Thursday, November 8, 2012

Putting the band back together

It happened again.

I fell victim to yet another "impulse buy" last week.

On the surface, it seems like this has been happening to me more frequently as of late. I keep seeing cards I really want.

If I see a "cool" card I like on the blogs or a different website that I don't yet own, I can usually shrug it off.

I say, "Sure, I'd love to get that card one day, but I can live without it for now."

Good thing. If I felt that I had to have every single interesting baseball card, I don't think I'd be able to sleep at night.

I'd probably be broke, too.

On the other hand, an "impulse buy" is something that nags at me. Something that all of a sudden makes my collection seem a bit lacking.

Something that I absolutely must have.

Luckily, most of my "impulse buys" have only set me back about a buck or less, with shipping. Well, except for that twenty-dollar one. (Although it was definitely worth every penny.)

In that way, these latest ones were more of the same. Altogether, the trio of cards I purchased cost about a buck. (The shipping set me back another couple dollars, though.)

As I've mentioned before on this blog, some of my collection has to do with various "themes". Cards of pitchers hitting, "sunset" cards, etc.

Along those lines, you could say my latest "impulse buys" were a "themed" purchase.

Cards of ballplayers playing musical instruments.

Given my obsession with music, it's only natural that I'd want these.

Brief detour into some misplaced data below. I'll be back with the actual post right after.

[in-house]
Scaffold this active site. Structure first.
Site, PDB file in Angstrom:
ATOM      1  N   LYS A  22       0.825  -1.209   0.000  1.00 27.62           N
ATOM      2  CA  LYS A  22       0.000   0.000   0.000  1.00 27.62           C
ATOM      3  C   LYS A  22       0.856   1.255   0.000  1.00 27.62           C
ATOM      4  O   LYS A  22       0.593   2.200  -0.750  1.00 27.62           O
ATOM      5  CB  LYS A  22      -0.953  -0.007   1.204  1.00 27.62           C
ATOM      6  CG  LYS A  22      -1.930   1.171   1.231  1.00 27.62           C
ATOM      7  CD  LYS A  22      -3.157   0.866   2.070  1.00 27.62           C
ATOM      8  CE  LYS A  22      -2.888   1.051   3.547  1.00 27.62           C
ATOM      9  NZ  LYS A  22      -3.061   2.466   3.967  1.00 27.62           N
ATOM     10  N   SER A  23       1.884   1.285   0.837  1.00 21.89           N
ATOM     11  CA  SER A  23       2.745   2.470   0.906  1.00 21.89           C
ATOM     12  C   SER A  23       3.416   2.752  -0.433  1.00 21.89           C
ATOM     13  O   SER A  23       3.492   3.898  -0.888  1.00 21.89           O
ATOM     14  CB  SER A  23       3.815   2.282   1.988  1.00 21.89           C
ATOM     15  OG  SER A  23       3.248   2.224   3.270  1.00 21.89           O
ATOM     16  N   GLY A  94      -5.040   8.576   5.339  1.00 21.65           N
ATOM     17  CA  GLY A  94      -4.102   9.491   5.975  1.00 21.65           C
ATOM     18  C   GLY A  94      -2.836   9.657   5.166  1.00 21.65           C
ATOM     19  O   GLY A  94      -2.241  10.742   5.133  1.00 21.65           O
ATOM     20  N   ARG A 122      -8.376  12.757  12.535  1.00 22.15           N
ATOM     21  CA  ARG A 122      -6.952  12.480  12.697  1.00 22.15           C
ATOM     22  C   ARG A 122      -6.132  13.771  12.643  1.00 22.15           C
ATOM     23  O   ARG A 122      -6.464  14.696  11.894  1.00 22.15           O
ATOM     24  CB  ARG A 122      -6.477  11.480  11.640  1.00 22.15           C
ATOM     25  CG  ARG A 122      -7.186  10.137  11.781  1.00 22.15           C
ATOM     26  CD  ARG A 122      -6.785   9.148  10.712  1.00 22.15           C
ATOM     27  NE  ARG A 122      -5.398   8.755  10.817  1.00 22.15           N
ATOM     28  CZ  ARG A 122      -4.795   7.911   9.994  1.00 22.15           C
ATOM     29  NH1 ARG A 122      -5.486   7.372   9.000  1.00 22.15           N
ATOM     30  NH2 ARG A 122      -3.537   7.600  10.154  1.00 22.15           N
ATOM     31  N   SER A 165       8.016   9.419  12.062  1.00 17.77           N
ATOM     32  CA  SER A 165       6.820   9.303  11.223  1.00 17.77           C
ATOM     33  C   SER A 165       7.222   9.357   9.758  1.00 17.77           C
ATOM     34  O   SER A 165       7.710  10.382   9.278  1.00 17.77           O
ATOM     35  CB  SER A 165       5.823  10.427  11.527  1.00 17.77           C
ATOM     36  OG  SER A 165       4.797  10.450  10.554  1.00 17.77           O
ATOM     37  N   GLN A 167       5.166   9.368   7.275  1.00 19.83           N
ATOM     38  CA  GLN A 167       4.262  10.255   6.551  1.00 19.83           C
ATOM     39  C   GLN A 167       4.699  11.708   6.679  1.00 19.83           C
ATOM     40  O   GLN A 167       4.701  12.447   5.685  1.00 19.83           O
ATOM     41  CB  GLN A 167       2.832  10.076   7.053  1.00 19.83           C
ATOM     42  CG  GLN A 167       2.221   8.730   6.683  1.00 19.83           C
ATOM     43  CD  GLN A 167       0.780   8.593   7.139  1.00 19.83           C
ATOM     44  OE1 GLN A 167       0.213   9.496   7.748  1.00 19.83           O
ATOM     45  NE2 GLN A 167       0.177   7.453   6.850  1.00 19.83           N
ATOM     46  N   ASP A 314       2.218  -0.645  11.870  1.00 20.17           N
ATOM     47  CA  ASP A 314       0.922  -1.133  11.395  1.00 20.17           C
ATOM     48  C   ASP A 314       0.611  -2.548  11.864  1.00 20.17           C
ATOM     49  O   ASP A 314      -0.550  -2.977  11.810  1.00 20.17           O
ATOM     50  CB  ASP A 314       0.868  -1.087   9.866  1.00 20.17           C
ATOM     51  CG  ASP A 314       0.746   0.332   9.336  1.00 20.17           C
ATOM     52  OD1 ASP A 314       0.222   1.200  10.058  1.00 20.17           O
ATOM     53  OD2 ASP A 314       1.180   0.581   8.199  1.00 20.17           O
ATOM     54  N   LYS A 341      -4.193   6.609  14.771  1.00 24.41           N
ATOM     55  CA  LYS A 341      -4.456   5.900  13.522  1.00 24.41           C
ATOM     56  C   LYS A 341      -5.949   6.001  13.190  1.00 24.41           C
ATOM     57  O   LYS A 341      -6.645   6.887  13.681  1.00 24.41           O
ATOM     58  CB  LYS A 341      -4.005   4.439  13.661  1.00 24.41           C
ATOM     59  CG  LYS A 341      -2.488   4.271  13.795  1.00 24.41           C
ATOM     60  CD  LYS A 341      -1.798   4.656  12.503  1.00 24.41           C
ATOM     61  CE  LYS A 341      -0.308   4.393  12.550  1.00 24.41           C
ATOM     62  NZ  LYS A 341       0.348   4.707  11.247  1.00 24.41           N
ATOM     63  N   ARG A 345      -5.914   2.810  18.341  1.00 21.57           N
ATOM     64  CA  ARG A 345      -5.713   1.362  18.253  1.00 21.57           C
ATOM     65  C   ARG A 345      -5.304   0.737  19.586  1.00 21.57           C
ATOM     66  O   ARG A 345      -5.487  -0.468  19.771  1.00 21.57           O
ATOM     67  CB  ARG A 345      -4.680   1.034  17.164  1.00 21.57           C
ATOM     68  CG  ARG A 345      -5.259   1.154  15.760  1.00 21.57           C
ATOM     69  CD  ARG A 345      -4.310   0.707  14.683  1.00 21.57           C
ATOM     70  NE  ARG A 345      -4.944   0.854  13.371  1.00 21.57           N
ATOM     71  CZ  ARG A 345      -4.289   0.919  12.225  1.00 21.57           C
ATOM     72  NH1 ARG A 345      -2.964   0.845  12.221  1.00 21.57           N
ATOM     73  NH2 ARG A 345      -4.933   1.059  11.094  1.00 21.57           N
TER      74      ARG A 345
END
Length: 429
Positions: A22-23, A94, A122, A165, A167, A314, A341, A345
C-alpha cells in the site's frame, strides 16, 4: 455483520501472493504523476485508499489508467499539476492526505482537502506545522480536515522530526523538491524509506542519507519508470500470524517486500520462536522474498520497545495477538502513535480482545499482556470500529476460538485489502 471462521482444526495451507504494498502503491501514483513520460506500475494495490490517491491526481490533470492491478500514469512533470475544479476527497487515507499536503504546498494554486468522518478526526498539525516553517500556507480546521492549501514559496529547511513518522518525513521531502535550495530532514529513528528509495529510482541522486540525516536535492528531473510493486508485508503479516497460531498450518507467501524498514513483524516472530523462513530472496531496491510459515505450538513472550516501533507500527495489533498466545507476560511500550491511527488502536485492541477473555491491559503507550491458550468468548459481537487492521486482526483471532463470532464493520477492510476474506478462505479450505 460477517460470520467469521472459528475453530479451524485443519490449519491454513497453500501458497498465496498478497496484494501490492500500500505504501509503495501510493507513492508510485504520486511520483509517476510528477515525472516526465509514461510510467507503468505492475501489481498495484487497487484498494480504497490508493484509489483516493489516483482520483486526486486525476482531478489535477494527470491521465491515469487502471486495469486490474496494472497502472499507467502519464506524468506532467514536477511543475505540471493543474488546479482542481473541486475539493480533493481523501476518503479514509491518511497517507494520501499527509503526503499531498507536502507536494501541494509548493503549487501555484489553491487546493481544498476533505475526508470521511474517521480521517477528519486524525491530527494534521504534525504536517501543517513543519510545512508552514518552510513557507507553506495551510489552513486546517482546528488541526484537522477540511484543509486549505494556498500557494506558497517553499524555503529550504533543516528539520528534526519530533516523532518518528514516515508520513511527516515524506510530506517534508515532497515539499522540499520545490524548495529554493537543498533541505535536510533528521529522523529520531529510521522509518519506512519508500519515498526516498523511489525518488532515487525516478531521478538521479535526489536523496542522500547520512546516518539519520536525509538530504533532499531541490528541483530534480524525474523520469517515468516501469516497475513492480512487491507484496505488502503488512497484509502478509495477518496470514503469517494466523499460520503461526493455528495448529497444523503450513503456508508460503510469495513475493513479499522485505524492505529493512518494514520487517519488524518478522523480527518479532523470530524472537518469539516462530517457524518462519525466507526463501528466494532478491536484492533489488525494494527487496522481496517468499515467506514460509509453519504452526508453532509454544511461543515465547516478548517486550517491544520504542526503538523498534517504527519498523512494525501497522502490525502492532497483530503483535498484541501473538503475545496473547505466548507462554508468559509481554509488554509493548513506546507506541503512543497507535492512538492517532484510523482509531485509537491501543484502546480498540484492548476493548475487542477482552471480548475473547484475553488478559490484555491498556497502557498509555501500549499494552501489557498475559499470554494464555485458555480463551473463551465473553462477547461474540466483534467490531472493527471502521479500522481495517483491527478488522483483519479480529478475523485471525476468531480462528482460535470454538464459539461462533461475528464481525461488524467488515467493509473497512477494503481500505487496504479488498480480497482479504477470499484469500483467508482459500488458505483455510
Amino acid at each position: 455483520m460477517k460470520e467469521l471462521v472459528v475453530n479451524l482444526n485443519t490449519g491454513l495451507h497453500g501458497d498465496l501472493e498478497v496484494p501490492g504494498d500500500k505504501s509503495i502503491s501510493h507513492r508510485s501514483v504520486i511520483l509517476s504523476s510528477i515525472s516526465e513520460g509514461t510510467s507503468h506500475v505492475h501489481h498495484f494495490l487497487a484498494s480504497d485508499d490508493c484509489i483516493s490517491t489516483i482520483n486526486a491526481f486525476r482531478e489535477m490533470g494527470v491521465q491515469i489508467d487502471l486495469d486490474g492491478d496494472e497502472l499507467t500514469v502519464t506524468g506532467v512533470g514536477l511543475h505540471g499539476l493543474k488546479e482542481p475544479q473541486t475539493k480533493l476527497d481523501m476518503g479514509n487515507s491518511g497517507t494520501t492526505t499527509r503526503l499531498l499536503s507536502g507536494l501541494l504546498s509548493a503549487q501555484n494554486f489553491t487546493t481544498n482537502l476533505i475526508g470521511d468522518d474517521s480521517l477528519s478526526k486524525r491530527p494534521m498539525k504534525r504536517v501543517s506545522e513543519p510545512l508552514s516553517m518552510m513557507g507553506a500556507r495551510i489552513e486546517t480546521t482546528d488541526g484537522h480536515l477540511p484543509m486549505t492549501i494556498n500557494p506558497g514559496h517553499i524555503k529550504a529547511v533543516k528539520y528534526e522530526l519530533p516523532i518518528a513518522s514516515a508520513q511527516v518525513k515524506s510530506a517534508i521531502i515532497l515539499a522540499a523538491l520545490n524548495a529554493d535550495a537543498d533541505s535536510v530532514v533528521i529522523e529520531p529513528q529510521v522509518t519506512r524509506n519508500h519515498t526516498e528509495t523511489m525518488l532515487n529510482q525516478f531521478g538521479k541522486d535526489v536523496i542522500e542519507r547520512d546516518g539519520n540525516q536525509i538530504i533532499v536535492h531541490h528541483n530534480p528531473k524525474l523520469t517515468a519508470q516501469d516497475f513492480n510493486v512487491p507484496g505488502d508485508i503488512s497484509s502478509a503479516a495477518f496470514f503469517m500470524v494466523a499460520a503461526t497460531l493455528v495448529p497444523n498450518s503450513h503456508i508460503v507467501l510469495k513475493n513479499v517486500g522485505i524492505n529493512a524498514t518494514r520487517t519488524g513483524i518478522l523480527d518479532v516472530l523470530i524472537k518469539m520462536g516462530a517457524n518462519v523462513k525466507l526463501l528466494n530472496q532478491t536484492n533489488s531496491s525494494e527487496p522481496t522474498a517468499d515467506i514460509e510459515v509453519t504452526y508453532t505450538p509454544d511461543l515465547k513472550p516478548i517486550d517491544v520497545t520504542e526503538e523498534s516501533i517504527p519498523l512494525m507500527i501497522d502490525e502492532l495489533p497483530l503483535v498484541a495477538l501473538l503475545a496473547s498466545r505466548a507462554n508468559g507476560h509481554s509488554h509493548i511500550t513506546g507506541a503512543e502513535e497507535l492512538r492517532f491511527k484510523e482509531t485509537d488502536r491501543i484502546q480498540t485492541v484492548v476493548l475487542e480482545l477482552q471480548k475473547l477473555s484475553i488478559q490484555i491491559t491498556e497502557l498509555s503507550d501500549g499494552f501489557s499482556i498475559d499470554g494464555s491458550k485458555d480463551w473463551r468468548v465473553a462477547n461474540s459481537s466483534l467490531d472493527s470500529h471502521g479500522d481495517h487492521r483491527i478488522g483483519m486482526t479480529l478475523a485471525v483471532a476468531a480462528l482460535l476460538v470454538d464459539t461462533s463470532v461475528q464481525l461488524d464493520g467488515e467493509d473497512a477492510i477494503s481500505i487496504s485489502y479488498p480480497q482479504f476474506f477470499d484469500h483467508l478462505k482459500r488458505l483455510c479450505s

Unfortunately, there aren't a whole lot out there. From what I know, the trio I purchased are the only ones in existence.

This outstanding V.J. Lovero insert of the "Big Unit" is one that I'm sure a lot of collectors have seen before. It had been on my "Dime Box Dozen" list for a while, but I just couldn't wait to have it in my hands.

So I bought one.

Judging from where the hi-hat is positioned on his drum kit, it appears that he was a lefty off the baseball field as well.

I can't imagine what Randy Johnson's favorite band would be.

Van Halen?



I'm not sure.

However, it's probably safe to say that the "Big Unit" wasn't the type of guy who listened to classical music.

I have mixed emotions about this one.

Not about the card itself, of course. For those who don't know, former Yankee outfielder Bernie Williams is an accomplished guitarist, having recorded two albums and appearing on a few more.

I think most of us can agree that this is a tremendous piece of cardboard, especially with the awesome Yankee Stadium backdrop.

Nope, those "mixed emotions" are more personal in nature.

About three years ago, I was digging through a dime box at a local card show. Of course, I was in the process of finding a ton of "gems" at the time.

Then this one popped out. A true "gem" in every sense of the word. Before that day, I'd never seen it.

And I put it back.

Yes, that's right. I put it back.

After all, I didn't collect Bernie Williams.

If it's possible to have non-buyer's remorse, that's what I've been going through ever since then.